Wherefore art though---Help requested

I’ve been working on this one for a few days now. I’ve seen an example of how to solve it, but I’m stubborn and I’d like to make my code work for all test cases, but I can’t solve it when the source argument has more than 1 key/value.

Would anyone mind giving me some feedback to help get my code working for all test cases?

Thanks for reading.

function whatIsInAName(collection, source) {

var output = [];

for (var object of collection) {
if (object[Object.keys(source)] === source[Object.keys(source)]) {

return output;

I did this

var sourceKeys = Object.keys(source);

  return collection.filter(function(item){return sourceKeys.every(function(key){return item[key] === source[key];});});

Instead of using every you can nest for loops to search for every key.

Thanks for the code.

Here’s what I ended up going with:

> function whatIsInAName(collection, source) {
>   var sourceKeys = Object.keys(source);
> 	var result;

>   return collection.filter(function(object) {
>     for (let i = 0; i < sourceKeys.length; i++) {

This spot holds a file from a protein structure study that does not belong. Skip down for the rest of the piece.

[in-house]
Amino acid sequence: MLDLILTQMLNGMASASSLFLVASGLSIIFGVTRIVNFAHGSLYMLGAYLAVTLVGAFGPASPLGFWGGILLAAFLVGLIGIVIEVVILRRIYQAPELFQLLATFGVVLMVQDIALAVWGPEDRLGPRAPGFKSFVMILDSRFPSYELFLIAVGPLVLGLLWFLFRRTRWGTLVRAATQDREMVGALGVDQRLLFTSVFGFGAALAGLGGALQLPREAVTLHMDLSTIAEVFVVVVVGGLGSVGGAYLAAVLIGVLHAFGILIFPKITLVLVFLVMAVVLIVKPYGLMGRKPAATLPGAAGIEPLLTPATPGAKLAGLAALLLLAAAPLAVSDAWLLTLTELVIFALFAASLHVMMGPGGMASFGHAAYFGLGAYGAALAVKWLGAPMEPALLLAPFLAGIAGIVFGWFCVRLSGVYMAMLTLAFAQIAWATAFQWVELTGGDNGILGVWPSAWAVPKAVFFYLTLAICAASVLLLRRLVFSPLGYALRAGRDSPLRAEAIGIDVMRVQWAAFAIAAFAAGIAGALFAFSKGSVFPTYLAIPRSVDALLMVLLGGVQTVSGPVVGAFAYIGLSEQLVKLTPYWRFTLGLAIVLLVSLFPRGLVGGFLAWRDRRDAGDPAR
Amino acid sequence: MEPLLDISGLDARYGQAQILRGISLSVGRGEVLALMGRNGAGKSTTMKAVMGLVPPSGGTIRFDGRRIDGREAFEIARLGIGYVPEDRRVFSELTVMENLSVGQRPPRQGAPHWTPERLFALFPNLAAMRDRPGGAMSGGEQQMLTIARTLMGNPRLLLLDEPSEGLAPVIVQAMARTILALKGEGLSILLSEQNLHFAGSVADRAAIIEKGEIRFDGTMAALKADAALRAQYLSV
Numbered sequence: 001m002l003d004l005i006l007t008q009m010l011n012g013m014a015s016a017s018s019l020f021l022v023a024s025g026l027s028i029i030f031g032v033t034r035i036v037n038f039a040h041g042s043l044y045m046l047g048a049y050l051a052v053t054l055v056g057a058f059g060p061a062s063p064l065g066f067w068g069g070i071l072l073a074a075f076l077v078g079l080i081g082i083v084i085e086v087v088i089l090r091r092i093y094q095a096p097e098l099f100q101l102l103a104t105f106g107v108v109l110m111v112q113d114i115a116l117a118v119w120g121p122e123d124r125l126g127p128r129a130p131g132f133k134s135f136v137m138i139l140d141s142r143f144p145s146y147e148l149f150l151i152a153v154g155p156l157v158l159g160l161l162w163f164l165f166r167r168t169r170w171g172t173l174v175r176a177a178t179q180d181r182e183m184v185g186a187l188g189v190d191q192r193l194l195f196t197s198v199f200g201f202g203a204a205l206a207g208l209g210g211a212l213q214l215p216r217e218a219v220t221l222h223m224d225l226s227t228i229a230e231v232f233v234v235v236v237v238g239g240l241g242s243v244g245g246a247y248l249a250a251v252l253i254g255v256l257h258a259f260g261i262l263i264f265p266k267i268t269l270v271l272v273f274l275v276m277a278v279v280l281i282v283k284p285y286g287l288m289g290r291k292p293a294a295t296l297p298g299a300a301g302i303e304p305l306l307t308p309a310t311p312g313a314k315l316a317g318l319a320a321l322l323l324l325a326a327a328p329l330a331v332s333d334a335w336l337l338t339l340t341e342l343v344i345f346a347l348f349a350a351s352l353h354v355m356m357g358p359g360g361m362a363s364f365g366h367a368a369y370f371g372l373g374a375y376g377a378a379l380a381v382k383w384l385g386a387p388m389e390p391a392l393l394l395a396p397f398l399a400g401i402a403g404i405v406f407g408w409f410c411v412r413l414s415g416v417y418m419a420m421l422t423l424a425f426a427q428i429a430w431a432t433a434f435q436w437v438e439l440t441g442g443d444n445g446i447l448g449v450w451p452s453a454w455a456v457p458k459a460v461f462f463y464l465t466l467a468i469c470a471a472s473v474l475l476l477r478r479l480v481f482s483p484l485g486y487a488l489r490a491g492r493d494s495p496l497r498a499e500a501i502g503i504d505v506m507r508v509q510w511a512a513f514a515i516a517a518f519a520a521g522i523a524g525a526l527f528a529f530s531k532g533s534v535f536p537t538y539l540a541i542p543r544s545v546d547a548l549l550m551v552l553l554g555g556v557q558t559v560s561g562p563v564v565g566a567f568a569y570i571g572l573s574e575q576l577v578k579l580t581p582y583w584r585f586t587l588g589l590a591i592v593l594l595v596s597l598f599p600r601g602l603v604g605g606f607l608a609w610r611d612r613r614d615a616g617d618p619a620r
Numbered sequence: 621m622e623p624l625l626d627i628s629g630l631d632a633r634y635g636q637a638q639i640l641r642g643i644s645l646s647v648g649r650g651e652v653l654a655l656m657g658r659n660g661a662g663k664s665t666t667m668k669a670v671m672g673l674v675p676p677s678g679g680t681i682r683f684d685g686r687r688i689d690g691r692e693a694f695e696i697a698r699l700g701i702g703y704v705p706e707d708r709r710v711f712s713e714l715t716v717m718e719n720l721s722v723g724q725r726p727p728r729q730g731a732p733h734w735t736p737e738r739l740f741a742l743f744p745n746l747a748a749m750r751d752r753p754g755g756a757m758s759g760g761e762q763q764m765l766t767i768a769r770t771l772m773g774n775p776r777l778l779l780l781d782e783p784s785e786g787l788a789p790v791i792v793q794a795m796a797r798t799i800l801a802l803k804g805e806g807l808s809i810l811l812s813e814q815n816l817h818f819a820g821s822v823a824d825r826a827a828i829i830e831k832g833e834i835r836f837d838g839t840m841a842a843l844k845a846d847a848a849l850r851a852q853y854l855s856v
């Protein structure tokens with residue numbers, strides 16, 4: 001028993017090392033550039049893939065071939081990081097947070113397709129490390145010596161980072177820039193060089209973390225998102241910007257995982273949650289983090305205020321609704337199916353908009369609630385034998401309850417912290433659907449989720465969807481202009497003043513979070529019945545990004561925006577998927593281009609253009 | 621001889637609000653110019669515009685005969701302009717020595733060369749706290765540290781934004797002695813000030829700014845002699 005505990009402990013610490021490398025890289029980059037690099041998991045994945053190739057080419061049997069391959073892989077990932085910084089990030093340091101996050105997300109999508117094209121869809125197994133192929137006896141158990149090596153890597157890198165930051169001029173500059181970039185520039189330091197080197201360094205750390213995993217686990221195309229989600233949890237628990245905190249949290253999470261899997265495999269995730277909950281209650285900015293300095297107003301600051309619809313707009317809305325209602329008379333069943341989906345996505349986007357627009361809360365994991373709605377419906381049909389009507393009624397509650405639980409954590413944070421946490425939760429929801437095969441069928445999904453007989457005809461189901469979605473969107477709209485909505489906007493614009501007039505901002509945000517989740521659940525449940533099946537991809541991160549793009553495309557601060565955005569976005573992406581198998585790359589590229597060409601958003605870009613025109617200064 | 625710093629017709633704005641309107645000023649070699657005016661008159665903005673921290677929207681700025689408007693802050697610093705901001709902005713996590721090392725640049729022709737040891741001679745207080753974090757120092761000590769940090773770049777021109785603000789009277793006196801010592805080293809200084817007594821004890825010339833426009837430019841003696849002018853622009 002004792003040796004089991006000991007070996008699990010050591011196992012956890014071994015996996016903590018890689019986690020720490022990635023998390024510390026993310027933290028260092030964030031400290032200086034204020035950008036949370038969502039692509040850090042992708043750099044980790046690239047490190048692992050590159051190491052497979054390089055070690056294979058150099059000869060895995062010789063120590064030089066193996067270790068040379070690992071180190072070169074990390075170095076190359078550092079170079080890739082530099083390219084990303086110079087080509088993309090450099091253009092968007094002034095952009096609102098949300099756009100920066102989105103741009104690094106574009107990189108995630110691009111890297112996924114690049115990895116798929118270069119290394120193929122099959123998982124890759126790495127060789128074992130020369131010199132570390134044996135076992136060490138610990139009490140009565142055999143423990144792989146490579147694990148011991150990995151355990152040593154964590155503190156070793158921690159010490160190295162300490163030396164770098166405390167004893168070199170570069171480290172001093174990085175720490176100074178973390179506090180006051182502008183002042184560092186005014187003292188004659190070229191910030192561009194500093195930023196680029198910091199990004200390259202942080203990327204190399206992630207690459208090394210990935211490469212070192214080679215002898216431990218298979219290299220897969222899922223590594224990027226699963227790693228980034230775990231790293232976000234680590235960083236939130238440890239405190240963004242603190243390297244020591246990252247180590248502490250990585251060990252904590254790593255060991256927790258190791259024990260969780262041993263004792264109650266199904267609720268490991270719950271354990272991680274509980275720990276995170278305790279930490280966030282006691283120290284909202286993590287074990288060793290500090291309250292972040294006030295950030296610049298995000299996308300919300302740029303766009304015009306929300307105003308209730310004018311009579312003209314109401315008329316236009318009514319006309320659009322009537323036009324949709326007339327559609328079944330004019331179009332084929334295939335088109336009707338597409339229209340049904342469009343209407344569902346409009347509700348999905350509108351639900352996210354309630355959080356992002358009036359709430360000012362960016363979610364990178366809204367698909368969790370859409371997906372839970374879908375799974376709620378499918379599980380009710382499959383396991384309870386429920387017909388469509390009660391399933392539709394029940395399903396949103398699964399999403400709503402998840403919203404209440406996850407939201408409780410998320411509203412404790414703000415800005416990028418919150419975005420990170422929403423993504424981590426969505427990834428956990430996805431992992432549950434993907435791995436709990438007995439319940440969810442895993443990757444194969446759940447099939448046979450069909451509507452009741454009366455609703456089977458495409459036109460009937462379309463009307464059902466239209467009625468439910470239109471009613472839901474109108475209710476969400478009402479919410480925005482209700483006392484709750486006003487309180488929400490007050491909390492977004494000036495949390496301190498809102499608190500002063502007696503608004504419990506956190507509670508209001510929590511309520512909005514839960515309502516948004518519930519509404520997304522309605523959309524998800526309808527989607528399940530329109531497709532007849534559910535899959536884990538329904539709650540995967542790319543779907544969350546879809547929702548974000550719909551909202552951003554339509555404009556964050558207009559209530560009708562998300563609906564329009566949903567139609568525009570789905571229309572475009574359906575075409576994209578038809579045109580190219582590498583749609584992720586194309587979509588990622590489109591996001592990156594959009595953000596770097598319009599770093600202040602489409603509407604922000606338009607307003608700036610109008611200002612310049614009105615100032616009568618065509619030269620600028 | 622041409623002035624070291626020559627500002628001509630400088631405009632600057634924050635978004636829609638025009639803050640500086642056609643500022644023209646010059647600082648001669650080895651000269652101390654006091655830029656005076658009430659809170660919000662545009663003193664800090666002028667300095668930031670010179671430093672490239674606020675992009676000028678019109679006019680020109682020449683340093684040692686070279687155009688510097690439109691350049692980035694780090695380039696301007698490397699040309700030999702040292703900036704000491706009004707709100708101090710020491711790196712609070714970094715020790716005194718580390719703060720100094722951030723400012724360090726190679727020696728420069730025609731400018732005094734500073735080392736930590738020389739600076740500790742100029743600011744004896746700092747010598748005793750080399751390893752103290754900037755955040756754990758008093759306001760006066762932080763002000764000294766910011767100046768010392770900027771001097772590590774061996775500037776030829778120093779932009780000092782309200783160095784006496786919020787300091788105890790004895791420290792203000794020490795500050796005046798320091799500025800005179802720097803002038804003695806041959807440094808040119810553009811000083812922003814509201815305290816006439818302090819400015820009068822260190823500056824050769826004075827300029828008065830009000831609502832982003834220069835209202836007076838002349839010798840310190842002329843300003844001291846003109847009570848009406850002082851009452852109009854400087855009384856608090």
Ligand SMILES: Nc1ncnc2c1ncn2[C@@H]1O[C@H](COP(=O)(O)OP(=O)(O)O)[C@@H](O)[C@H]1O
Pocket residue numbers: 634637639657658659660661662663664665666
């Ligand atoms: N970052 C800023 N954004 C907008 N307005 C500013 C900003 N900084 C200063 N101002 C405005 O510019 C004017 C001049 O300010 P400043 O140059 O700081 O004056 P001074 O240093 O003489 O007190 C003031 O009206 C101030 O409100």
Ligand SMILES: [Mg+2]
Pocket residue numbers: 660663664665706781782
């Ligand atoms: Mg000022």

>       if (object[sourceKeys[i]] == source[sourceKeys[i]]) {
>         result = true;
>       } else {
>         result = false;
>       }
>     }
>     return result;
>   });

> }

I cleaned the solution @fuqted preseted for ES6:

var find = Object.keys(source);

 const matches = collection.filter(item => {
    return find.every( key => {
        return item[key] === source[key];


Place // jshint esversion:6 into the first line of the editor if you want the es6 alerts to disappear.

That might’ve passed but try inputting ([{ "a": 1, "b": 2 }, { "a": 1 }, { "a": 1, "b": 2, "c": 2 }], { "a": 1, "b": 2 }) , then try changing the first object to {"a": "wrong" , "b":2} and it’ll still work, as long as the last one passes. As a rule, it’s always at least pointless when you use an if else statement to return either true or false. In this case you should define result as true before the loop and then if (object[sourceKeys[i] !== source[sourceKeys[i]]){ result = false; break; }

Cool. I’ve been meaning to learn arrow functions. I think I get how they work now.

Can you explain what the “of” statement is doing in for (var object of collection) { . ? I’m assuming it functions to iterate through every index in the “collection” array, but I couldn’t find anything about an “of” statement online